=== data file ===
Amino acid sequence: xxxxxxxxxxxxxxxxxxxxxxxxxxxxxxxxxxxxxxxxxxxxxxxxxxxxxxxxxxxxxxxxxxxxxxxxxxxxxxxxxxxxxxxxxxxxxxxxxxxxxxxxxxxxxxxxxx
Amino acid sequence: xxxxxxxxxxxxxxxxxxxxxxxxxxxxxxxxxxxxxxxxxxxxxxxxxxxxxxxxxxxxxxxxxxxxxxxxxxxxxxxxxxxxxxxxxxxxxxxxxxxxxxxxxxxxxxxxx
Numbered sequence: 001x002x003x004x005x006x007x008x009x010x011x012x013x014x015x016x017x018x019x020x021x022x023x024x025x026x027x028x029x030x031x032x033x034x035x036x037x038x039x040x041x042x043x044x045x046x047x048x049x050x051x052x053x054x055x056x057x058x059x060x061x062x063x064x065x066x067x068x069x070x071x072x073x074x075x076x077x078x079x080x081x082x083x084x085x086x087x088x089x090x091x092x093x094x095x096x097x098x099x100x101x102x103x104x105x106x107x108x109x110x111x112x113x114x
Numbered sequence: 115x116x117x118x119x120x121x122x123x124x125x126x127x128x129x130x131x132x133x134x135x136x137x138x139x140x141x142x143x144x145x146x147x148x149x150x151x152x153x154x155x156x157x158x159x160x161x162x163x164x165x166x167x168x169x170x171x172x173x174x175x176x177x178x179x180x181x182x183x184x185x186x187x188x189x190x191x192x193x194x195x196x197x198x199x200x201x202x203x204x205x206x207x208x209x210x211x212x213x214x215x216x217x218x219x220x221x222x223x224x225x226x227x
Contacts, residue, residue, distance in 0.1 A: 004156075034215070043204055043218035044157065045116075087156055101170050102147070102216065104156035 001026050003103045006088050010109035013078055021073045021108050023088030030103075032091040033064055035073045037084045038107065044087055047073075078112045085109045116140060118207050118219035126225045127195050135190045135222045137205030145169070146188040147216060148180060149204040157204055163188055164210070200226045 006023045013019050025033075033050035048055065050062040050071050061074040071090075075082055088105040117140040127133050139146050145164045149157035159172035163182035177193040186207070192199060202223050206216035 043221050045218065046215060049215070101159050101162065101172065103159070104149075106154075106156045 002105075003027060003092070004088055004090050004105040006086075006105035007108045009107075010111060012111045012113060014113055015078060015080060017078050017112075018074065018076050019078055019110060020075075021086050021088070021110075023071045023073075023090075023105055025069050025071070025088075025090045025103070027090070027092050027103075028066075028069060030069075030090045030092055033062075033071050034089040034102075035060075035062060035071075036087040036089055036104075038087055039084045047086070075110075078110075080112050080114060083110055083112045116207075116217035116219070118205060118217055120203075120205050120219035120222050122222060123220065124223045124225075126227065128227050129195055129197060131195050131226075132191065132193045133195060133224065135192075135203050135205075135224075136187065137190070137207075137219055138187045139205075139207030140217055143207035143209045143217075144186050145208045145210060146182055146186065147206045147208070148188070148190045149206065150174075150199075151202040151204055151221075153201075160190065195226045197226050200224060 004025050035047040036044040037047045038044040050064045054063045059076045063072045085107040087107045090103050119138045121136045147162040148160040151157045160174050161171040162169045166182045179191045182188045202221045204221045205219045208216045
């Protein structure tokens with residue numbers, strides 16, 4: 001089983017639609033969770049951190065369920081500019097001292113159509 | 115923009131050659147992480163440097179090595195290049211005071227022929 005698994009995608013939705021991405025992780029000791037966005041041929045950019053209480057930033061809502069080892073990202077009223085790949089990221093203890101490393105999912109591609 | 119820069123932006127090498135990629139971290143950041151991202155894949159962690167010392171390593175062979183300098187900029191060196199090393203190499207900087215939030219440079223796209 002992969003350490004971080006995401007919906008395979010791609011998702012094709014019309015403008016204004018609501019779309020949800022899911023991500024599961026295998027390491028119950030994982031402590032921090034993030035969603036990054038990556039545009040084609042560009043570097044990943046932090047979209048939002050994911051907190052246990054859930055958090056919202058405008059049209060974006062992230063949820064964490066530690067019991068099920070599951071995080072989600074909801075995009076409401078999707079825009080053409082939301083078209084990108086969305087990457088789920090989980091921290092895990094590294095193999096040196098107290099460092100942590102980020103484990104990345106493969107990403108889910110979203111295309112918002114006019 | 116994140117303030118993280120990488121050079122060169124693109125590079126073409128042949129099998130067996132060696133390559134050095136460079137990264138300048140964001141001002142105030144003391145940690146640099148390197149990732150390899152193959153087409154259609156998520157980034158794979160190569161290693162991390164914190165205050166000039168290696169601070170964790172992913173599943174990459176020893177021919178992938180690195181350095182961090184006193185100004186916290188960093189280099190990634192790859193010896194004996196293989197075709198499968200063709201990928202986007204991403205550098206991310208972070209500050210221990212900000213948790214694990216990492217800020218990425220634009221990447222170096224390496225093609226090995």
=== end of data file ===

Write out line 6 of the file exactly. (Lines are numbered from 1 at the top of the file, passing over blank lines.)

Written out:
């Protein structure tokens with residue numbers, strides 16, 4: 001089983017639609033969770049951190065369920081500019097001292113159509 | 115923009131050659147992480163440097179090595195290049211005071227022929 005698994009995608013939705021991405025992780029000791037966005041041929045950019053209480057930033061809502069080892073990202077009223085790949089990221093203890101490393105999912109591609 | 119820069123932006127090498135990629139971290143950041151991202155894949159962690167010392171390593175062979183300098187900029191060196199090393203190499207900087215939030219440079223796209 002992969003350490004971080006995401007919906008395979010791609011998702012094709014019309015403008016204004018609501019779309020949800022899911023991500024599961026295998027390491028119950030994982031402590032921090034993030035969603036990054038990556039545009040084609042560009043570097044990943046932090047979209048939002050994911051907190052246990054859930055958090056919202058405008059049209060974006062992230063949820064964490066530690067019991068099920070599951071995080072989600074909801075995009076409401078999707079825009080053409082939301083078209084990108086969305087990457088789920090989980091921290092895990094590294095193999096040196098107290099460092100942590102980020103484990104990345106493969107990403108889910110979203111295309112918002114006019 | 116994140117303030118993280120990488121050079122060169124693109125590079126073409128042949129099998130067996132060696133390559134050095136460079137990264138300048140964001141001002142105030144003391145940690146640099148390197149990732150390899152193959153087409154259609156998520157980034158794979160190569161290693162991390164914190165205050166000039168290696169601070170964790172992913173599943174990459176020893177021919178992938180690195181350095182961090184006193185100004186916290188960093189280099190990634192790859193010896194004996196293989197075709198499968200063709201990928202986007204991403205550098206991310208972070209500050210221990212900000213948790214694990216990492217800020218990425220634009221990447222170096224390496225093609226090995």